After a monthslong process, on Monday the Gainesville City Commission finalized three zoning ordinances that will allow multifamily units to go up in neighborhoods previously set aside for single-family dwellings.
The divided commission voted 4-3 on each ordinance, mirroring previous decisions. Mayor Lauren Poe and commissioners Adrian Hayes-Santos, Reina Saco and David Arreola all voted for the changes, while commissioners Cynthia Chestnut, Desmon Duncan-Walker and Harvey Ward dissented.
The approved motions do not contain a sunset clause and authorize Poe to sign and send rebuttal letters to the Alachua County Board of County Commissioners, the Florida Department of Transportation and the Florida Department of Economic Opportunity (DEO).
The ordinances prompted resistance from citizens, town hall meetings, new nonprofits and promises of litigation. The public comment lasted two-and-a-half hours on Monday, mostly in opposition. The changes have drawn more comment than any other measure the commission has passed this year.
Public comment included a handful of supporters, including the nonprofit Gainesville is for People. They agreed with the commission majority and said the measures will help the housing situation in Gainesville.
The ordinances will combine all single-family zoning into a new neighborhood residential zoning category that allows high density and multifamily units. Single-family zoning constitutes 61.1% of the city's total acreage of residential zoning—and with Monday’s vote, Gainesville becomes the first city in the state to eliminate it.
“We can’t just have a portion of our city sitting in amber,” Commissioner Hayes-Santos said. “We have to allow more people to live there or our city will continue to get unaffordable.”
He said the three ordinances will not solve the city’s affordable housing problem but would be a tool that can assist along with other measures working through the city process. The higher density will also combat climate change, Hayes-Santos said.
“These are incremental changes that are not going to solve the issues overnight,” Hayes-Santos said. “There are multiple things that have to happen, and the City Commission is working on other things, too.”
However, both the Alachua County Commission and the DEO expressed concern over the zoning plan. The DEO asked Gainesville to withdraw the changes, but Mayor Lauren Poe said in early September that the commission would continue with a final vote.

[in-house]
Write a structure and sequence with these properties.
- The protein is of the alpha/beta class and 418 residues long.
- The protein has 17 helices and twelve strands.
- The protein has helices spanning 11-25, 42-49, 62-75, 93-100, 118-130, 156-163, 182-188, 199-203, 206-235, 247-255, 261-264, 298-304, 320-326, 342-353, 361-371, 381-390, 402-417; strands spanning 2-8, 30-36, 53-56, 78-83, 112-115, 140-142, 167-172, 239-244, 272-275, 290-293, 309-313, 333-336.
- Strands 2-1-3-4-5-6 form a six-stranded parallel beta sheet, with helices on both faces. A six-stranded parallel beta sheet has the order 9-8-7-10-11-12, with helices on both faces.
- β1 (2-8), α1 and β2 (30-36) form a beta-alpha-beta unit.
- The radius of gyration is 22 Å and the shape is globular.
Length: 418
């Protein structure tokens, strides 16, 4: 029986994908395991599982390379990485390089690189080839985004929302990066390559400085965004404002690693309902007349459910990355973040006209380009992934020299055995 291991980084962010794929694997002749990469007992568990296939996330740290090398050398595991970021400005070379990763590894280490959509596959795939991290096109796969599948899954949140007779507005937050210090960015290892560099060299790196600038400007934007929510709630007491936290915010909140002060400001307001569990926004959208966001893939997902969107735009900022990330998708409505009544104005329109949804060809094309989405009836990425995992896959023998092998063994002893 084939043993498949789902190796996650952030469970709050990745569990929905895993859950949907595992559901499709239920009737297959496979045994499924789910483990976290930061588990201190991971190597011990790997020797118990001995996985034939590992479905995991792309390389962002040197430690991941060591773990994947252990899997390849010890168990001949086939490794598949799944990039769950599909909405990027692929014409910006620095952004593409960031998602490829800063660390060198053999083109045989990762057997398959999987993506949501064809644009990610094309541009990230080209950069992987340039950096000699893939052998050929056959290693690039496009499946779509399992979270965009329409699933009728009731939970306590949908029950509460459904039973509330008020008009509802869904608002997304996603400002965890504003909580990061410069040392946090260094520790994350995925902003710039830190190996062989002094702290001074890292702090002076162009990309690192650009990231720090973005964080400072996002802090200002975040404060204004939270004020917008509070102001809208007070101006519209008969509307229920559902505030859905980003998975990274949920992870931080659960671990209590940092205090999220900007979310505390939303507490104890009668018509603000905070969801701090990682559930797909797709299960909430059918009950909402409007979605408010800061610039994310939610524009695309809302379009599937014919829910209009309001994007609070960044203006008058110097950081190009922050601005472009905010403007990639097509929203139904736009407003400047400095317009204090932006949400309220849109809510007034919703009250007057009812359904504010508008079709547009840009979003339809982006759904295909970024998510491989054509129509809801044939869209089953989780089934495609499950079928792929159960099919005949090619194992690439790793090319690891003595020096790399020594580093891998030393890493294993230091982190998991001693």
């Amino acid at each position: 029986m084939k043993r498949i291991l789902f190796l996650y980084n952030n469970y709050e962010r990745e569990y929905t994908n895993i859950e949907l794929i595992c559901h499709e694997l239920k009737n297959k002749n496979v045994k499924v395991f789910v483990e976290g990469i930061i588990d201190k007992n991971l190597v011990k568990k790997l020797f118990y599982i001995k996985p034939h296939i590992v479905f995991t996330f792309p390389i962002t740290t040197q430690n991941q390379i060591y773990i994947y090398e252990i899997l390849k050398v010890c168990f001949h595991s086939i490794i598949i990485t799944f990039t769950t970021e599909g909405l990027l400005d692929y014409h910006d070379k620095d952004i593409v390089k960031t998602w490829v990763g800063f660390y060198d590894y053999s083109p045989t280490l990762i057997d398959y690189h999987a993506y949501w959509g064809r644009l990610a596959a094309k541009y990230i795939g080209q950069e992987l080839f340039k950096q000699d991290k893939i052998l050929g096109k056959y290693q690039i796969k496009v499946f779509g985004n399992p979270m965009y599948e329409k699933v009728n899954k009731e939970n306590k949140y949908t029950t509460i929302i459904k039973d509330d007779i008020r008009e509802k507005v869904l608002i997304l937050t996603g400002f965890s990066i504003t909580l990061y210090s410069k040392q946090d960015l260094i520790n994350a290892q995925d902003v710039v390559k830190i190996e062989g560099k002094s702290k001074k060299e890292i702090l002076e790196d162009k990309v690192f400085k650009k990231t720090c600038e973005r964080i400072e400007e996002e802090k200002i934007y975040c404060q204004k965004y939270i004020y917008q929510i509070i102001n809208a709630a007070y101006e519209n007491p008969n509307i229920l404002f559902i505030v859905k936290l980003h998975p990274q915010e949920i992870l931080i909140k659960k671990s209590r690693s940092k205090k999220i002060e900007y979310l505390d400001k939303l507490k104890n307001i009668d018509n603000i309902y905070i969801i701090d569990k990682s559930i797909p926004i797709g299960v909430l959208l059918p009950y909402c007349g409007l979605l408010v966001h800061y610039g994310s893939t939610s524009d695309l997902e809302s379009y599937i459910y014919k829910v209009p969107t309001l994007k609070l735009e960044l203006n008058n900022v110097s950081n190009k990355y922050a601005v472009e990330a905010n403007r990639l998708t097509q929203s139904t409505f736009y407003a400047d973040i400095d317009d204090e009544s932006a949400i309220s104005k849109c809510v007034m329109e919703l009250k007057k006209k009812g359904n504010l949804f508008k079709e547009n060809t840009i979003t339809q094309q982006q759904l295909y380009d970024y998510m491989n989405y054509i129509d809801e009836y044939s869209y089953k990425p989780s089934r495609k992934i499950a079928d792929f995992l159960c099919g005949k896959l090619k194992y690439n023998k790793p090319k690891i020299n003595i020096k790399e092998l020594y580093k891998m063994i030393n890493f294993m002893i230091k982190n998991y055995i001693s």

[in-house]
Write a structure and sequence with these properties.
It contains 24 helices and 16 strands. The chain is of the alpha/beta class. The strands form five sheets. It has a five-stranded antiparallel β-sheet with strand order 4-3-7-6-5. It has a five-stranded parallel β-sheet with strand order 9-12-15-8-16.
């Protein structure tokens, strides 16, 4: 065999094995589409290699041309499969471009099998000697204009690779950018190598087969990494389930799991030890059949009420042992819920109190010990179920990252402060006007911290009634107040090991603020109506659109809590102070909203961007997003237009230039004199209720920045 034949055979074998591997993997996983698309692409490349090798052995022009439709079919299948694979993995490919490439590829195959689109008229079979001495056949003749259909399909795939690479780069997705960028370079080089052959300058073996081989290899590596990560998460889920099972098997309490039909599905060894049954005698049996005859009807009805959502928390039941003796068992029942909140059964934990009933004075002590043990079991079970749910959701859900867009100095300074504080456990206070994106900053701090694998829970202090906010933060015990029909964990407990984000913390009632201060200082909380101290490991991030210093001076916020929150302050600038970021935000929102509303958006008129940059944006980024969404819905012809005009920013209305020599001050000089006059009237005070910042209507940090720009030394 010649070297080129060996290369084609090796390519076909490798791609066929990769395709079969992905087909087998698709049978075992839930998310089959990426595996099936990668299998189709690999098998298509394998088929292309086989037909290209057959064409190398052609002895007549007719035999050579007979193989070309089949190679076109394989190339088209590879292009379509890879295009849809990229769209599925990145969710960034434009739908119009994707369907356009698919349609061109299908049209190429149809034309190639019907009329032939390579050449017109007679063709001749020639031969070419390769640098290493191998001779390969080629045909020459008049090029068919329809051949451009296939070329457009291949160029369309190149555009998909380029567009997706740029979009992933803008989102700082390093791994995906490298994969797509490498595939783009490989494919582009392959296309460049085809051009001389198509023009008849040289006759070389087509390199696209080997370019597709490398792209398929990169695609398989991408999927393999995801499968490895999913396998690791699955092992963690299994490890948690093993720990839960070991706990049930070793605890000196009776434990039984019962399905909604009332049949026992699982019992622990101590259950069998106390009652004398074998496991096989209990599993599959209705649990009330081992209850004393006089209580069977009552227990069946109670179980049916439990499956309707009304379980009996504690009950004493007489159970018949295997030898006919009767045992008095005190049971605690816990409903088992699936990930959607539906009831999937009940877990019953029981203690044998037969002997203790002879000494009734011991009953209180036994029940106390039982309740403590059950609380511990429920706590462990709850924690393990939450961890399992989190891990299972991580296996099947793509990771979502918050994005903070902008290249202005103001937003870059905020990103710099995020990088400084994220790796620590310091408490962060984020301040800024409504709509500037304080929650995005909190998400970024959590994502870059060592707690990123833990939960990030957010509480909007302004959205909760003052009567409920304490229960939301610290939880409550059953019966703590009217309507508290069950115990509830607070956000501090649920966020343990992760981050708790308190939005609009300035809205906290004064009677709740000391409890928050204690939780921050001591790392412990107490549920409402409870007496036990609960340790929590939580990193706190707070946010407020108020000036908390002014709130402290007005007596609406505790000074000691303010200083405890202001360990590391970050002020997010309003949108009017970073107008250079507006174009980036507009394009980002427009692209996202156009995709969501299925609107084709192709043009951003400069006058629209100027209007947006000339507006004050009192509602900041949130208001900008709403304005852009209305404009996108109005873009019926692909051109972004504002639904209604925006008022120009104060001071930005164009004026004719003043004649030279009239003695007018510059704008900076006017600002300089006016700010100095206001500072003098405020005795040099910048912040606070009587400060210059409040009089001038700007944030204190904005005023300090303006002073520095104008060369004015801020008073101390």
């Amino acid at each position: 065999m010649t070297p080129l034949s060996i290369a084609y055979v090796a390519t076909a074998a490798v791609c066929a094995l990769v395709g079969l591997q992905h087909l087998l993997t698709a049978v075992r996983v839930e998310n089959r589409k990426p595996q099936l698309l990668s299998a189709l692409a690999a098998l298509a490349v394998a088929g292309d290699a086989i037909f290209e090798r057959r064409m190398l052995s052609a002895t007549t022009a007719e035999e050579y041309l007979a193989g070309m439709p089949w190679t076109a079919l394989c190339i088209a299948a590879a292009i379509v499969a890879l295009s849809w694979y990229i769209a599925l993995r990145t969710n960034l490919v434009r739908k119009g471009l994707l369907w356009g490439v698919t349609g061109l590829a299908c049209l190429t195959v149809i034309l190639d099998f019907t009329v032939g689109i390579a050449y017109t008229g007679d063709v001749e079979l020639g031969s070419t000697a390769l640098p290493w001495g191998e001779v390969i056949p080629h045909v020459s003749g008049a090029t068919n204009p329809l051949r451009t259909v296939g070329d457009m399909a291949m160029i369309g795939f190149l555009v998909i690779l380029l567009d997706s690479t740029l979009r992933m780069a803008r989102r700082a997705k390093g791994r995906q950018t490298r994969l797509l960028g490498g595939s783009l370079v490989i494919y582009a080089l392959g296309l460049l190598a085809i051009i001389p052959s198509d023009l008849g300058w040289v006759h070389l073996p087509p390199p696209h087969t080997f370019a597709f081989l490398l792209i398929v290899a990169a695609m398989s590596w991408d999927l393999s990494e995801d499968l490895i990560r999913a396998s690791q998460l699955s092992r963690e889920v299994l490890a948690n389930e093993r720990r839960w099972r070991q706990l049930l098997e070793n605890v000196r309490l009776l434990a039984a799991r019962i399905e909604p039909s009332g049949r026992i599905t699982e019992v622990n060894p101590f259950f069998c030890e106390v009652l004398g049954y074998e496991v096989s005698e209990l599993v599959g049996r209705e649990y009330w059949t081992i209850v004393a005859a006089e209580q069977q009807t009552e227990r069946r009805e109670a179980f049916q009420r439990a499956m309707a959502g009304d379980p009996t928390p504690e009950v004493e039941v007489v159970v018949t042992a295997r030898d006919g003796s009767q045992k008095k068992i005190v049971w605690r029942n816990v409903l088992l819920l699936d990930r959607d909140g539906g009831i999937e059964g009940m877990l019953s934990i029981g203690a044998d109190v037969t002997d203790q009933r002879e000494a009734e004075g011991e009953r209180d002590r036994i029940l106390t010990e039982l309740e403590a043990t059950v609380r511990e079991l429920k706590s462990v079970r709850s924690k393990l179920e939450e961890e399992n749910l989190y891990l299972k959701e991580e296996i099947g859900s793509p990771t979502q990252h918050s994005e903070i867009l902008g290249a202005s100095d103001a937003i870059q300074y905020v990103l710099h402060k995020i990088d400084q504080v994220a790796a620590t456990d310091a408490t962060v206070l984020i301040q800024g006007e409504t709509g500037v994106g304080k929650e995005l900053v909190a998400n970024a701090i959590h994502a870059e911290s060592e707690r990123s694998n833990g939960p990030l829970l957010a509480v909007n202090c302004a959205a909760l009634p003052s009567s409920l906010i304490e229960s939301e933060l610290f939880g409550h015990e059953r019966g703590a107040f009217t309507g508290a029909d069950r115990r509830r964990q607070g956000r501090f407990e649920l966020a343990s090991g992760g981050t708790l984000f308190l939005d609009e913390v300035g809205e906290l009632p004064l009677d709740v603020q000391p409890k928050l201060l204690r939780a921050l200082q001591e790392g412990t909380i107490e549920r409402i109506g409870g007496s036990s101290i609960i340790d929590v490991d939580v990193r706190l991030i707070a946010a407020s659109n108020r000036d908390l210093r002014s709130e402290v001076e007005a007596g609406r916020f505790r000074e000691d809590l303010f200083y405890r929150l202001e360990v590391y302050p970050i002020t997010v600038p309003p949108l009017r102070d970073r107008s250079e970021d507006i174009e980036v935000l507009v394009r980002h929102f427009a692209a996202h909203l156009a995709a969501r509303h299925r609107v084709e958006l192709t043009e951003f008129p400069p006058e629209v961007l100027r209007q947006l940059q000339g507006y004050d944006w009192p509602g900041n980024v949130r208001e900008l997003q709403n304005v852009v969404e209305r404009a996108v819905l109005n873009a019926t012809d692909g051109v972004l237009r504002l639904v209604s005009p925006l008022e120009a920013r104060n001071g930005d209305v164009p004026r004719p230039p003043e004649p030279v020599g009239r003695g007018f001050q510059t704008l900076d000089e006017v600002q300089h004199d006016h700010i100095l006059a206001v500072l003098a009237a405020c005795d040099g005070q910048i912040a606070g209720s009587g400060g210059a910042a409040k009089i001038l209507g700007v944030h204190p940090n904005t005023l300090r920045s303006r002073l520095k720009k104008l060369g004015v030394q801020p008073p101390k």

Before Monday’s meeting, local candidates in next month’s election and members of Gainesville Neighborhood Voices, a nonprofit started in opposition to the ordinances, held a rally on the steps of City Hall.
Both mayoral candidates, Ed Bielarski and Harvey Ward, spoke in opposition and said they would work to reverse the changes, if instituted. City Commission candidates Ed Book, Dejeon Cain and James Ingle also said they would oppose the zoning change, if elected next month.
The opponents say the changes will destroy existing neighborhoods, especially in historically African American areas. Residents also worry over where the increase in people will park when some neighborhoods already seem full.
“This is a very sad day for East Gainesville,” Chestnut said before the vote. “And the reason it’s so sad is because you all have opened the flood gates for gentrification. Our neighborhood has been destroyed in Porters. Next comes Springhill. Next comes Duval, and, probably, they’ll try to get Hollywood if they can.”
At the start of the meeting, Ward tried to stop the vote entirely.
Supported by the other two dissenters, he said the items should be tabled until January for the new commission to decide. Waiting would avoid any potential litigation and financial burdens from approving the ordinances in order to repeal them in a few months with a new commission, Ward said.
The other commissioners disagreed, and the meeting continued.
“I wish this had been easier,” Poe said. “I wish I had the persuasive ability where there was fanfare and excitement on this day. And in that, I have failed.”
Among the four votes for the zoning changes, only Saco will remain on the commission beyond January. Poe, Hayes-Santos and Arreola are all term-limited.
At the opposition event before the meeting, Ingle said the opposition already won, pointing to the Nov. 8 elections.
“The vote today isn't about whether or not single-family zoning is going to be eliminated in the city of Gainesville,” Ingle said. “This vote today is about whether or not this continues to divide our city and cause a lot of heartache over the next couple of months until we get another commission in there who’s going to overturn it.”
Welcome to Communist Gainesville, where citizens have NO input.
Glad to finally be getting rid of Comrade Poe.
Our elitists obviously have been entitled to know more than the residents of many of our communities. How one party in this town can say they represent diversity - while clearly failing in every aspect of change is beyond me. These are the same elitists who overtax our poor on energy consumption, force rental increases, and year in and year out fail our children educationally, I am not saying the GOP has the answers - but our elected fools do not even have the questions.
Like this will help with affordable housing. You all are money grubbing … can’t finish.
It's corruption, pure and simple. City commissioners are in bed with the developers. They are the ONLY ones profiting from this unbelievable decision.
Poe brought us the Biomass plant against the will of the people now he rams another disgraceful project against the will of the people.
May he go away and never come back! Take Saco with you!